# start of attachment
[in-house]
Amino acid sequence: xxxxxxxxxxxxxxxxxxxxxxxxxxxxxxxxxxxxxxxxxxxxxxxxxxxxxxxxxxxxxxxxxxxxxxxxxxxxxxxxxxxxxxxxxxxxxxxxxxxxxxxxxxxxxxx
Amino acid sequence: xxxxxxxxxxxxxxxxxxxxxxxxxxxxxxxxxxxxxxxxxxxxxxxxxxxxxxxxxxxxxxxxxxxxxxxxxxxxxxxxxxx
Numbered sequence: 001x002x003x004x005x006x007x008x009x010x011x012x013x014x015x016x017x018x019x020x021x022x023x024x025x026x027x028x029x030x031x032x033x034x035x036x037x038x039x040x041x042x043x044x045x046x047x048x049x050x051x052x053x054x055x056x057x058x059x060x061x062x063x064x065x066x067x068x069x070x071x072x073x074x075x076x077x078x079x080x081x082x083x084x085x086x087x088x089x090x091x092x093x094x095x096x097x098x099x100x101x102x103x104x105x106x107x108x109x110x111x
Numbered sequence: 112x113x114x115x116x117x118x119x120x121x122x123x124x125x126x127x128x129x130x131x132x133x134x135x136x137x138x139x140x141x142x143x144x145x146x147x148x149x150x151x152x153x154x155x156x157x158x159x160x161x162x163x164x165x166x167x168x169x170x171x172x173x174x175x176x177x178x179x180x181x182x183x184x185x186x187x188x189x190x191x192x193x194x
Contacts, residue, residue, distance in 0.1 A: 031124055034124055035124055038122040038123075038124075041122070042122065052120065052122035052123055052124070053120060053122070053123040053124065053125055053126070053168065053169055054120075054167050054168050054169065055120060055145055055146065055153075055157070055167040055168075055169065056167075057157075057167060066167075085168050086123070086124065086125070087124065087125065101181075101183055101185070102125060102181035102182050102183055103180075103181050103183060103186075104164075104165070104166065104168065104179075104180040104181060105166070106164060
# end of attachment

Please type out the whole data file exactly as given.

[in-house]
Amino acid sequence: xxxxxxxxxxxxxxxxxxxxxxxxxxxxxxxxxxxxxxxxxxxxxxxxxxxxxxxxxxxxxxxxxxxxxxxxxxxxxxxxxxxxxxxxxxxxxxxxxxxxxxxxxxxxxxx
Amino acid sequence: xxxxxxxxxxxxxxxxxxxxxxxxxxxxxxxxxxxxxxxxxxxxxxxxxxxxxxxxxxxxxxxxxxxxxxxxxxxxxxxxxxx
Numbered sequence: 001x002x003x004x005x006x007x008x009x010x011x012x013x014x015x016x017x018x019x020x021x022x023x024x025x026x027x028x029x030x031x032x033x034x035x036x037x038x039x040x041x042x043x044x045x046x047x048x049x050x051x052x053x054x055x056x057x058x059x060x061x062x063x064x065x066x067x068x069x070x071x072x073x074x075x076x077x078x079x080x081x082x083x084x085x086x087x088x089x090x091x092x093x094x095x096x097x098x099x100x101x102x103x104x105x106x107x108x109x110x111x
Numbered sequence: 112x113x114x115x116x117x118x119x120x121x122x123x124x125x126x127x128x129x130x131x132x133x134x135x136x137x138x139x140x141x142x143x144x145x146x147x148x149x150x151x152x153x154x155x156x157x158x159x160x161x162x163x164x165x166x167x168x169x170x171x172x173x174x175x176x177x178x179x180x181x182x183x184x185x186x187x188x189x190x191x192x193x194x
Contacts, residue, residue, distance in 0.1 A: 031124055034124055035124055038122040038123075038124075041122070042122065052120065052122035052123055052124070053120060053122070053123040053124065053125055053126070053168065053169055054120075054167050054168050054169065055120060055145055055146065055153075055157070055167040055168075055169065056167075057157075057167060066167075085168050086123070086124065086125070087124065087125065101181075101183055101185070102125060102181035102182050102183055103180075103181050103183060103186075104164075104165070104166065104168065104179075104180040104181060105166070106164060